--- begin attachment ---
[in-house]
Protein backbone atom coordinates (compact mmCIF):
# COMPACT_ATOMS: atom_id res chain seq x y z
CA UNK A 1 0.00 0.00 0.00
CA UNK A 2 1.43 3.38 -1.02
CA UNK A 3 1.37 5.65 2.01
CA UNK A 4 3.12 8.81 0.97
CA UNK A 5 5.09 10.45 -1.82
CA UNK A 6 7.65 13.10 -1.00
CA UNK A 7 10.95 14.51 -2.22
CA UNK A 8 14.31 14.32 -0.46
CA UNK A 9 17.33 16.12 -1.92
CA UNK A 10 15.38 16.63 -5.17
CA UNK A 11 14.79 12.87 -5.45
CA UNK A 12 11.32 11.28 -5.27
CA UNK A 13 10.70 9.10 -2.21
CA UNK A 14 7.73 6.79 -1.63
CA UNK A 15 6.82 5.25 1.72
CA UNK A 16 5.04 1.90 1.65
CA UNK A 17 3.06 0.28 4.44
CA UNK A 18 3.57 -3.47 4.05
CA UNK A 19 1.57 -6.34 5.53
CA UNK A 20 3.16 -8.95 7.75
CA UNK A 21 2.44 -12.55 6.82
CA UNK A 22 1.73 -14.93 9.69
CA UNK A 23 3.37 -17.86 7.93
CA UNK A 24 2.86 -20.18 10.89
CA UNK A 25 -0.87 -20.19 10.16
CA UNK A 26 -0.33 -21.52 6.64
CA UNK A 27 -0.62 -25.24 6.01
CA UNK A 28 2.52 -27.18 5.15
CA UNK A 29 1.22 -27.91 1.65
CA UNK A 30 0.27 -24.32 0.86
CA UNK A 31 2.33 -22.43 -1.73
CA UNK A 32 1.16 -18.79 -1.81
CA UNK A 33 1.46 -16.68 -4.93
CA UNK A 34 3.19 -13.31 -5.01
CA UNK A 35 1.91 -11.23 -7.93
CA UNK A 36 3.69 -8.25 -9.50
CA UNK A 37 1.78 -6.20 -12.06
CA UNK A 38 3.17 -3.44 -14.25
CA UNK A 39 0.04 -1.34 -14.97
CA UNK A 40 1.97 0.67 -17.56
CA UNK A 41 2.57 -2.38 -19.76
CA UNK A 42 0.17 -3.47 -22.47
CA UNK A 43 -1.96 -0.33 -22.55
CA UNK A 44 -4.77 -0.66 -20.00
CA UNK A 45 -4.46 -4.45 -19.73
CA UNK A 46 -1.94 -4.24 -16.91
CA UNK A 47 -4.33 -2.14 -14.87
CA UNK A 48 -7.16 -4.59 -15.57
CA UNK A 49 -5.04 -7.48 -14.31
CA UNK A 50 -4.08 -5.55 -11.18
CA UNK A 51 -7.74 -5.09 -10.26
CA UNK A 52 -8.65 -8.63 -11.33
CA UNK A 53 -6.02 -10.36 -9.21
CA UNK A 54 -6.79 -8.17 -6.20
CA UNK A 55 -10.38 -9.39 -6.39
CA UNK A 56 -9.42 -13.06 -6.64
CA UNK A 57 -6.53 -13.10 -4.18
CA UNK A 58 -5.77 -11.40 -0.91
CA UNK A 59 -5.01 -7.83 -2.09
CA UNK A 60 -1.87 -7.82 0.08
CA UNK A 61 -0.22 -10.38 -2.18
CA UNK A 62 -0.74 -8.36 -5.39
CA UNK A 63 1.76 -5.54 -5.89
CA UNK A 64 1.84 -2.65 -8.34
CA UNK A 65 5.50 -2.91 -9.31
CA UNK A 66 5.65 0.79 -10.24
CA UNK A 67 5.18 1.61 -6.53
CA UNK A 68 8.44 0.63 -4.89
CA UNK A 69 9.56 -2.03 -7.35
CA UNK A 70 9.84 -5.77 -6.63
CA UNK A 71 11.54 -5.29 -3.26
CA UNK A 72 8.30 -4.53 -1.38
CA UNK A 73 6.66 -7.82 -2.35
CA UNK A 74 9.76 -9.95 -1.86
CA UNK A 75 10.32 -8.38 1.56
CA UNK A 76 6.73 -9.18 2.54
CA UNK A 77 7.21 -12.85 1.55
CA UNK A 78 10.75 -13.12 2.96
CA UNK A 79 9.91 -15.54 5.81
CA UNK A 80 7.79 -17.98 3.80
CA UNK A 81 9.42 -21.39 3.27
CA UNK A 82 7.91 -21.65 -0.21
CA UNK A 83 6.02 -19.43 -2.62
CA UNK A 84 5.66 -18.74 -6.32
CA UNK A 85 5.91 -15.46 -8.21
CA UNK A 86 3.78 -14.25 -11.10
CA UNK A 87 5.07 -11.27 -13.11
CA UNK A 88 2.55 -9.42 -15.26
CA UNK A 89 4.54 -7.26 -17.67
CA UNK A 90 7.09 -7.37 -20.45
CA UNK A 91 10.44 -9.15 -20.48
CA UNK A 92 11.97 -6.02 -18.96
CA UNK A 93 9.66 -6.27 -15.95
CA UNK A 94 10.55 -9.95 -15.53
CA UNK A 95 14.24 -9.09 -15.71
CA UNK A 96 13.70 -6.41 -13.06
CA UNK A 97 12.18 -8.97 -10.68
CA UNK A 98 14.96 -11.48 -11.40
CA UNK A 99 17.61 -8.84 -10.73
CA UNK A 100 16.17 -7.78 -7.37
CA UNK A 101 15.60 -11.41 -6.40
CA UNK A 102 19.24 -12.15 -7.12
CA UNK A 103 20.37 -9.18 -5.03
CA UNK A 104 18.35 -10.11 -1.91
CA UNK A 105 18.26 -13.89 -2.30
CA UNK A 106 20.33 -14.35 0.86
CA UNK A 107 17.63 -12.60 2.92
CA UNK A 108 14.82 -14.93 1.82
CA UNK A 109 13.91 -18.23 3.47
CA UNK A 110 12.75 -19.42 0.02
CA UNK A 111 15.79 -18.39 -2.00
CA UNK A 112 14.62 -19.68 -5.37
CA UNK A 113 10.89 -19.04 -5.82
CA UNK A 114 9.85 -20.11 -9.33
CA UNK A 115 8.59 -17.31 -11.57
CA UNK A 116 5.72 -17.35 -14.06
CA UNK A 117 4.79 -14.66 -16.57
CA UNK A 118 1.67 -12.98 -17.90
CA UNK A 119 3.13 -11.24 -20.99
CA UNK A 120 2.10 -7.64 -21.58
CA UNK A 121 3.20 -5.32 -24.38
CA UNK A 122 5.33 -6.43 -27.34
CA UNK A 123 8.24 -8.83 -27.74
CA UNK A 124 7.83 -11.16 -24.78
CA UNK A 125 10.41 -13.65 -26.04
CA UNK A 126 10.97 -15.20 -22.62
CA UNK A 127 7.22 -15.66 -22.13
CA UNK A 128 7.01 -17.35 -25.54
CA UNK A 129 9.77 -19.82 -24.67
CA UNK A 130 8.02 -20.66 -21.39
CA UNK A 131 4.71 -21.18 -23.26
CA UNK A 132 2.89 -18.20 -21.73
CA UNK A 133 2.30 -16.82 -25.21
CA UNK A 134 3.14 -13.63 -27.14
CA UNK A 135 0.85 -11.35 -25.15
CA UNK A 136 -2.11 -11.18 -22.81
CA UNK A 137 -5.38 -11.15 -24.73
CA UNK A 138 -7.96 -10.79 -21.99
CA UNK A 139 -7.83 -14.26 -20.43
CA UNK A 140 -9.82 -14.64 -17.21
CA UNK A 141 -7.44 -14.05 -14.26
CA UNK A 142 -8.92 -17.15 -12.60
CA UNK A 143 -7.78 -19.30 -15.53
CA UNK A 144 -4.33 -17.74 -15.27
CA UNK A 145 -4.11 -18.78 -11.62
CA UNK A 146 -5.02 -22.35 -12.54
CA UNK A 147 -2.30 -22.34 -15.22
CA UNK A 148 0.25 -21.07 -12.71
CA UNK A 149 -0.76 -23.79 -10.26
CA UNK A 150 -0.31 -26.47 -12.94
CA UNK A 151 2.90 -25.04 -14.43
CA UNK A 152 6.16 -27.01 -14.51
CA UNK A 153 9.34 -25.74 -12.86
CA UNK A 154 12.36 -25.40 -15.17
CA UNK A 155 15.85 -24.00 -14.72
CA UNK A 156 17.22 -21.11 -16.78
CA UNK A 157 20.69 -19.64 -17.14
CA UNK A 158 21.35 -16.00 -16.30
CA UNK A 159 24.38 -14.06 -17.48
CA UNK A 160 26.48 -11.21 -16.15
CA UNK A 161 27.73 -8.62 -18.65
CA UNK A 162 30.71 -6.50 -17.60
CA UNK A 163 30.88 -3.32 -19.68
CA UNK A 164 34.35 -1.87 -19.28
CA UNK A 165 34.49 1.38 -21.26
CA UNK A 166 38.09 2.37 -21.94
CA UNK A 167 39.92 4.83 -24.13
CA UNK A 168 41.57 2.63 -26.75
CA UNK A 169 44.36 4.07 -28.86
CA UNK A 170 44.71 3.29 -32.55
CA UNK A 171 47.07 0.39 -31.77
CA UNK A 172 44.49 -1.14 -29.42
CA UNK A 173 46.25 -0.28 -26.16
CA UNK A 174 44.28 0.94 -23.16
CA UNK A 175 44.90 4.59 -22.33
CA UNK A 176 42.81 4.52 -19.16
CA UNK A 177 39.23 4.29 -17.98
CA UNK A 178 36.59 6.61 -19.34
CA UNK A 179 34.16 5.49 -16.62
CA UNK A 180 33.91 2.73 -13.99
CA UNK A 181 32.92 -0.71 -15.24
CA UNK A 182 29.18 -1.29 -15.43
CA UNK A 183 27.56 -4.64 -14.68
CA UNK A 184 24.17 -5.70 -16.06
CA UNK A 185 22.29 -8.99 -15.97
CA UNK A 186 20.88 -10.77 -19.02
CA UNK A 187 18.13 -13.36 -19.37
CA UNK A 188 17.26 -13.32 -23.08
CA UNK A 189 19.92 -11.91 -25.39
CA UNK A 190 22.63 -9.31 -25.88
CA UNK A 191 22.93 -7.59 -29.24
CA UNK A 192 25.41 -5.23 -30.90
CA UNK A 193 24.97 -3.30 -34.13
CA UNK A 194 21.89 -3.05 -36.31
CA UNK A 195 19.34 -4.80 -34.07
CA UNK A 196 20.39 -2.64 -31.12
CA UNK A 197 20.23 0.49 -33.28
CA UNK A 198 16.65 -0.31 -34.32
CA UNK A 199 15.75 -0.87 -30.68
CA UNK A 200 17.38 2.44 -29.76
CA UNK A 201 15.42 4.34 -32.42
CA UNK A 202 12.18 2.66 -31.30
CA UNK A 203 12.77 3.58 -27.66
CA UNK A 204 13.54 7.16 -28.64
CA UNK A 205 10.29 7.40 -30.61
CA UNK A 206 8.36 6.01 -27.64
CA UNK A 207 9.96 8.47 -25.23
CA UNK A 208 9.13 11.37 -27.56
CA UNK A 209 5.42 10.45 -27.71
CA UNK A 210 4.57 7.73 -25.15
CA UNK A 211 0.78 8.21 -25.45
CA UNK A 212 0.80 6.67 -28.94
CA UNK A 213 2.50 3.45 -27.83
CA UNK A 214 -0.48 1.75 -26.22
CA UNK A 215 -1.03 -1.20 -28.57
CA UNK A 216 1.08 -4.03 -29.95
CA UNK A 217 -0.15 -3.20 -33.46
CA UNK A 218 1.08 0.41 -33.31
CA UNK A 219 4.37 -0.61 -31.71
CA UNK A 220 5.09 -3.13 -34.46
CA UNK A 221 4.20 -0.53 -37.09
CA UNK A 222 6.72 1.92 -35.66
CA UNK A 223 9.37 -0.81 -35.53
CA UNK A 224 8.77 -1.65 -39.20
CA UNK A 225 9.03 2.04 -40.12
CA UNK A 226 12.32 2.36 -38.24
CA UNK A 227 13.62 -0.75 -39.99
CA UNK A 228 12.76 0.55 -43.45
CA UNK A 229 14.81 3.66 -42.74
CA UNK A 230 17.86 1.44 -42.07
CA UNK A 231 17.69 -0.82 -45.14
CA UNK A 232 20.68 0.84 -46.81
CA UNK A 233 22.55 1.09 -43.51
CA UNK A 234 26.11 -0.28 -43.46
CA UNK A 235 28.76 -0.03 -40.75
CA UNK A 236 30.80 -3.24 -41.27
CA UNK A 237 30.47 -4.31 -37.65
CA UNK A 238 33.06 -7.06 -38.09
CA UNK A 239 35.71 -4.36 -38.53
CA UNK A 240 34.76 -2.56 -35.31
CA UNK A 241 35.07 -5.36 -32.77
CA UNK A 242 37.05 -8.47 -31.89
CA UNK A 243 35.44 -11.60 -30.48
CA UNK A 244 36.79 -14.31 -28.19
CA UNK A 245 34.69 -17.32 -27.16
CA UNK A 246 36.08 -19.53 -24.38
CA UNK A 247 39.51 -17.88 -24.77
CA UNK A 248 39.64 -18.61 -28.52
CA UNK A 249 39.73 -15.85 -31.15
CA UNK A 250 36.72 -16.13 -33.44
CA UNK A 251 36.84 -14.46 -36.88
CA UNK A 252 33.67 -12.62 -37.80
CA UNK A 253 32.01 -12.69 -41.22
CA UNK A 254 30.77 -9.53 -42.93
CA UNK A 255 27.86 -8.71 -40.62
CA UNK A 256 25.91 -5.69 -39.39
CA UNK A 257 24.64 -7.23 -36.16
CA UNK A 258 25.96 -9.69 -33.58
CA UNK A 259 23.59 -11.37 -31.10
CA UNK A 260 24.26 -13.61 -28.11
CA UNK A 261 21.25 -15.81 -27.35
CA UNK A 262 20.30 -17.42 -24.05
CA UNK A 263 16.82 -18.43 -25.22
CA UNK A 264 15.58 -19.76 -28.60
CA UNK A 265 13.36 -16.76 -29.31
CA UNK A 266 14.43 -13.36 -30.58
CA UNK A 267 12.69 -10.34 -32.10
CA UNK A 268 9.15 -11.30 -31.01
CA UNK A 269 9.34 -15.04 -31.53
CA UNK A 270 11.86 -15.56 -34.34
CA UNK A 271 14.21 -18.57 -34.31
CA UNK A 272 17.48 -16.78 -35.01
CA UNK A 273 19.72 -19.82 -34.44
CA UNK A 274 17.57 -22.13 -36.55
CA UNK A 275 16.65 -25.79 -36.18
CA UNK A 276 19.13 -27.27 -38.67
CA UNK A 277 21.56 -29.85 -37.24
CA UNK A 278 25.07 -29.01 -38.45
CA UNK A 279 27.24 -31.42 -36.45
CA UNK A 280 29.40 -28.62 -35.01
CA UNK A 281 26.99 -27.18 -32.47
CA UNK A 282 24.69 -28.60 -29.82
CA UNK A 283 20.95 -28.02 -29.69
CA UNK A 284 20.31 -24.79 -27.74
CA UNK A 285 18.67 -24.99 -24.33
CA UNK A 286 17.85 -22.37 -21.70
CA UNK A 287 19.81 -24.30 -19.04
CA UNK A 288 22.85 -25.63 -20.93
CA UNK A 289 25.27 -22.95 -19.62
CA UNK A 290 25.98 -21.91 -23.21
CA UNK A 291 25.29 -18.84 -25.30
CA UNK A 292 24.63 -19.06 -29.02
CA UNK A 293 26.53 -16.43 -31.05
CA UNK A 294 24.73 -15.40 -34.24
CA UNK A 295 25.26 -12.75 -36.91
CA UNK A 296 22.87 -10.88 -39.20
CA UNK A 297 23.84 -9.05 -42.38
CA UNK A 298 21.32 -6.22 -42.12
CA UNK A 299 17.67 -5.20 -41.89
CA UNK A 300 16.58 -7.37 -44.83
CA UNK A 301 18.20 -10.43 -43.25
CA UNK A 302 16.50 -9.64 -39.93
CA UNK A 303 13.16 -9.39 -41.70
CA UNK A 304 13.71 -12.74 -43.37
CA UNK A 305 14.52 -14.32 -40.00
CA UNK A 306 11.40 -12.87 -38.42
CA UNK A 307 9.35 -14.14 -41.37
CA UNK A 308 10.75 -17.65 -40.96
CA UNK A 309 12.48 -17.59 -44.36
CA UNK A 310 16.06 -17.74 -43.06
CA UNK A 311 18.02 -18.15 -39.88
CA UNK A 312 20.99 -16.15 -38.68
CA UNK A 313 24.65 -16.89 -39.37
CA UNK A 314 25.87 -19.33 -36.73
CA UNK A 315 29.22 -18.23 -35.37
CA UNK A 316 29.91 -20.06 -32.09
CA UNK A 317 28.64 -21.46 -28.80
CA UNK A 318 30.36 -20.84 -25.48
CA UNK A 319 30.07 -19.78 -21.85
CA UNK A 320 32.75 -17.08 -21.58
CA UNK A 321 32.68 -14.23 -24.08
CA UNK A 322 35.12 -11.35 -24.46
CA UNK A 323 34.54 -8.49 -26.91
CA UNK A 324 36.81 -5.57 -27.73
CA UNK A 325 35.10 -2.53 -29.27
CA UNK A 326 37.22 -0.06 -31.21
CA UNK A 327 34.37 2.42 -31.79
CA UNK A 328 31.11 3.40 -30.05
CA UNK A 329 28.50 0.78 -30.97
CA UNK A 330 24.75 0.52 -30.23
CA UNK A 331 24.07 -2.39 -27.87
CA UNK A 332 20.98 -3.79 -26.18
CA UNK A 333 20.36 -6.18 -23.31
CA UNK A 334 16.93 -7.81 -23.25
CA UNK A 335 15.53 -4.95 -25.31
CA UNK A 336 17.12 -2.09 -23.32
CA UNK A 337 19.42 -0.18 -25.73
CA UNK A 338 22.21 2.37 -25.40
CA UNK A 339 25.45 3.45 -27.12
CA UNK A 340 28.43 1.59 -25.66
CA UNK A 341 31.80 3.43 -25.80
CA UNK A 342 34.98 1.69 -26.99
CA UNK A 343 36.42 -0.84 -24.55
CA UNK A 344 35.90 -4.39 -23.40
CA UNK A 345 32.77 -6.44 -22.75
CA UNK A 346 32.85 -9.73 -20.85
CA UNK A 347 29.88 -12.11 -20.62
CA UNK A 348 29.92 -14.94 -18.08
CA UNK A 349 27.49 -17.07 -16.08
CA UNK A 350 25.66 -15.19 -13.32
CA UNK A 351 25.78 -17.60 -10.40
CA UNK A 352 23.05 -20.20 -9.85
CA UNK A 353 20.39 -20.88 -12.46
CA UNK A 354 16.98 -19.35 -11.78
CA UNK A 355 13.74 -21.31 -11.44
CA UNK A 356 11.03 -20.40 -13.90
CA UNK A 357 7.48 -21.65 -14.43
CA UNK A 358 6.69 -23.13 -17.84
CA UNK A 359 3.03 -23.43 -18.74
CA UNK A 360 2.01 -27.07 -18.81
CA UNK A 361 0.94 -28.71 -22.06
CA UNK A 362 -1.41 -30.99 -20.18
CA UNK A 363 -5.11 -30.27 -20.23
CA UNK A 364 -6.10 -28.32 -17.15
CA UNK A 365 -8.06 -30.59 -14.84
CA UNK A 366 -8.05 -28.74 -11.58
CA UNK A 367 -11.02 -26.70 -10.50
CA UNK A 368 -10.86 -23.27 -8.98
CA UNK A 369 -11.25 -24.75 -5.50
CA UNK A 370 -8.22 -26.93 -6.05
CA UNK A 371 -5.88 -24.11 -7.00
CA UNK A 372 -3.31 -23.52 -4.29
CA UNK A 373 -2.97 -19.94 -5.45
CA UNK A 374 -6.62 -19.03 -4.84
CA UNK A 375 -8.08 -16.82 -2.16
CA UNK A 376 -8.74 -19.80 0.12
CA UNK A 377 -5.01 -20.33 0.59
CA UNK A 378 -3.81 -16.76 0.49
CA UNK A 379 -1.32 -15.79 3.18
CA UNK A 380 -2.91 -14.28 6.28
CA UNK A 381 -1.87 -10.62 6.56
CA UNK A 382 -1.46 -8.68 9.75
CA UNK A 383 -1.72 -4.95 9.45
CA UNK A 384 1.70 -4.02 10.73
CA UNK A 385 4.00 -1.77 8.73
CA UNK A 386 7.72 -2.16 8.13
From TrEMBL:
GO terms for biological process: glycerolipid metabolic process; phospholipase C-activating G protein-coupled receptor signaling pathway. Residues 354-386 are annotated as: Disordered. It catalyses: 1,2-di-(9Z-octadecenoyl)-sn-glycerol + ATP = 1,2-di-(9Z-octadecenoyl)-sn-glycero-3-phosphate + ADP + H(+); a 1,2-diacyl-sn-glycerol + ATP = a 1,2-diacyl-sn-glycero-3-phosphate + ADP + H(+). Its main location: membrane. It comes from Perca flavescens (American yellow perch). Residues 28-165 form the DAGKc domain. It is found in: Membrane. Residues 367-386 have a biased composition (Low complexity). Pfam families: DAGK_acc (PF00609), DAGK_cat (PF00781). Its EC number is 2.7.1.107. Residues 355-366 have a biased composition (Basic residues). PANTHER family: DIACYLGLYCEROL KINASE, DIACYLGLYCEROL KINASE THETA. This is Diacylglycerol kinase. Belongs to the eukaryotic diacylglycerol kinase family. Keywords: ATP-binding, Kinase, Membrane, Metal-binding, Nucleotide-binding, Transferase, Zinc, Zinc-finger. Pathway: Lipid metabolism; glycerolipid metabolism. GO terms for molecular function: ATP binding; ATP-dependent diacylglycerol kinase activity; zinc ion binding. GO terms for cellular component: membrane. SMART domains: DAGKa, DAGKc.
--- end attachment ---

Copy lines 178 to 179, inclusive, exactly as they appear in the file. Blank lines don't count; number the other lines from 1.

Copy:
CA UNK A 175 44.90 4.59 -22.33
CA UNK A 176 42.81 4.52 -19.16